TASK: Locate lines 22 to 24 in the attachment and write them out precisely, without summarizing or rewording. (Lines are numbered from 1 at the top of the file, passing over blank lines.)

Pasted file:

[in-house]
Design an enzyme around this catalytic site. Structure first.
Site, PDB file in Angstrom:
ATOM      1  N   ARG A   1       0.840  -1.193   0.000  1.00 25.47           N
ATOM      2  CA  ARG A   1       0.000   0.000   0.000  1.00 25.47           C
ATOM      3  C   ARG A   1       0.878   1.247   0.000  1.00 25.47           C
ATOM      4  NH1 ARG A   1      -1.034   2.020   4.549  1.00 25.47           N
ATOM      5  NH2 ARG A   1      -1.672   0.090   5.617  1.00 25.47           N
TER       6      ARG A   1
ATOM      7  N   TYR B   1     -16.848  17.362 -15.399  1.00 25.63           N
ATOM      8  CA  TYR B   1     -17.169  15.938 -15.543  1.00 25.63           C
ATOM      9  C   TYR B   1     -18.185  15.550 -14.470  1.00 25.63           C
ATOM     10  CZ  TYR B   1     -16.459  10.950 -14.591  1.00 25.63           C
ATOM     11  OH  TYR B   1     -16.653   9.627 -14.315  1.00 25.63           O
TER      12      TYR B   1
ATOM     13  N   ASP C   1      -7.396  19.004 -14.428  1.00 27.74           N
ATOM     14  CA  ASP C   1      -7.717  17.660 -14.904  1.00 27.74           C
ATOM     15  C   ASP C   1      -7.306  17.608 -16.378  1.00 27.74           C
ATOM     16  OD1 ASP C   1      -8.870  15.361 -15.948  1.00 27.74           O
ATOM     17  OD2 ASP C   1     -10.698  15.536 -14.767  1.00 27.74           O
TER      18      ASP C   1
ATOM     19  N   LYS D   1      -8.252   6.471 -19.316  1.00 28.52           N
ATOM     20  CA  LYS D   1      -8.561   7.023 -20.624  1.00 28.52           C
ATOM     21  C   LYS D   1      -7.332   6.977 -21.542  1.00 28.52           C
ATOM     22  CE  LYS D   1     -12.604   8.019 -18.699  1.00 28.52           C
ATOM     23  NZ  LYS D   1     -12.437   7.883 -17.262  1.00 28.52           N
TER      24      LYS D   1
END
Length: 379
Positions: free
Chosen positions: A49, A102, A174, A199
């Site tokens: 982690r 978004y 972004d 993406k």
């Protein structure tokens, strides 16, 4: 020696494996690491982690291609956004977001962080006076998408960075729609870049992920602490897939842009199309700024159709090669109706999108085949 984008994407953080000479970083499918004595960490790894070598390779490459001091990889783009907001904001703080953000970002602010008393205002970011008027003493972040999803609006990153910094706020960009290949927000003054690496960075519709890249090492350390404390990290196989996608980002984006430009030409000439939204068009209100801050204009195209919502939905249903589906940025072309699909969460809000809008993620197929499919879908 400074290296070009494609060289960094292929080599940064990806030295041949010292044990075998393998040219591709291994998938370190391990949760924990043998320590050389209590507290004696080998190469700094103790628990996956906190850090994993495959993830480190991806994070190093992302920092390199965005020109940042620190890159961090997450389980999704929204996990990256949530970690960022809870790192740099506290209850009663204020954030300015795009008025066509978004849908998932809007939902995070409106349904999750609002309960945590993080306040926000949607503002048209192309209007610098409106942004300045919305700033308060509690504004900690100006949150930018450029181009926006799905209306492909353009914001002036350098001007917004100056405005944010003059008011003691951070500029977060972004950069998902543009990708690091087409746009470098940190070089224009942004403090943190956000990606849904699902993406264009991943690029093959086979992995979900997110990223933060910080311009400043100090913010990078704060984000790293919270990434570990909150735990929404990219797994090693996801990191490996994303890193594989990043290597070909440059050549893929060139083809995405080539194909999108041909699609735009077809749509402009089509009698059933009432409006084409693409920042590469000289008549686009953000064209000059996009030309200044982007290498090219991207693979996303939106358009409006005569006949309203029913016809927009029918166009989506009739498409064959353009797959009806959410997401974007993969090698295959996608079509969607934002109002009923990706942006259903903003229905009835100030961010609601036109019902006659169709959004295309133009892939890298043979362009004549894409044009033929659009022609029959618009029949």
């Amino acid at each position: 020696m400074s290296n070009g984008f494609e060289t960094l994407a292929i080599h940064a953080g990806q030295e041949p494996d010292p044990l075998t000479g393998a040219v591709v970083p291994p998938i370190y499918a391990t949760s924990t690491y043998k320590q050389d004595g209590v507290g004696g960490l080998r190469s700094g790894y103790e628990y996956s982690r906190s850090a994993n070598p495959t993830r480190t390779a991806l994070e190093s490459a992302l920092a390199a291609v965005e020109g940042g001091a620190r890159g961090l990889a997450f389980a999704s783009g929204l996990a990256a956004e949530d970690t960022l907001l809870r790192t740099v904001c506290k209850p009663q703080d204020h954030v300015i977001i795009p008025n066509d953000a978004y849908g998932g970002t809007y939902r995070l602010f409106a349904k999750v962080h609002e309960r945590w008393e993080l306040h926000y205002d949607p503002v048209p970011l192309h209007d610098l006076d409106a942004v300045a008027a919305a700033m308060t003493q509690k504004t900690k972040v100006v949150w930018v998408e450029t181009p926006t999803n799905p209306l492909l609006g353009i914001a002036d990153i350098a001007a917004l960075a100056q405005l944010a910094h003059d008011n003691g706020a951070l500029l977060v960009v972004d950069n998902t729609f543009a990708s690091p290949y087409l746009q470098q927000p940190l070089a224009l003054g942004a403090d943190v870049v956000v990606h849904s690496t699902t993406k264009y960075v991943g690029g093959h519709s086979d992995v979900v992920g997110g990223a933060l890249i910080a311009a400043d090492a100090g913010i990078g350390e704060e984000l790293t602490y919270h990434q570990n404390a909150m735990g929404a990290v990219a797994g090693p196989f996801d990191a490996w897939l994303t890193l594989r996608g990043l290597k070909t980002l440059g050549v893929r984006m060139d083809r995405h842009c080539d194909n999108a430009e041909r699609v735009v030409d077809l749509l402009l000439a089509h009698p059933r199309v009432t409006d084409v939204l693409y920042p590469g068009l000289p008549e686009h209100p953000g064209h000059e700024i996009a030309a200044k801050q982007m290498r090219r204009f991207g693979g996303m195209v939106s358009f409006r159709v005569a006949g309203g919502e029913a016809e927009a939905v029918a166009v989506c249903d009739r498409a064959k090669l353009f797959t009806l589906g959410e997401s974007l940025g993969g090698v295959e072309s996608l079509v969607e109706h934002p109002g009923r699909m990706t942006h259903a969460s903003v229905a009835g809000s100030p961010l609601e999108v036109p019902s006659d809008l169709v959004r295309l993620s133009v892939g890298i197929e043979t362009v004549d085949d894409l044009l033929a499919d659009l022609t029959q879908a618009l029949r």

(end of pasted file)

ATOM     19  N   LYS D   1      -8.252   6.471 -19.316  1.00 28.52           N
ATOM     20  CA  LYS D   1      -8.561   7.023 -20.624  1.00 28.52           C
ATOM     21  C   LYS D   1      -7.332   6.977 -21.542  1.00 28.52           C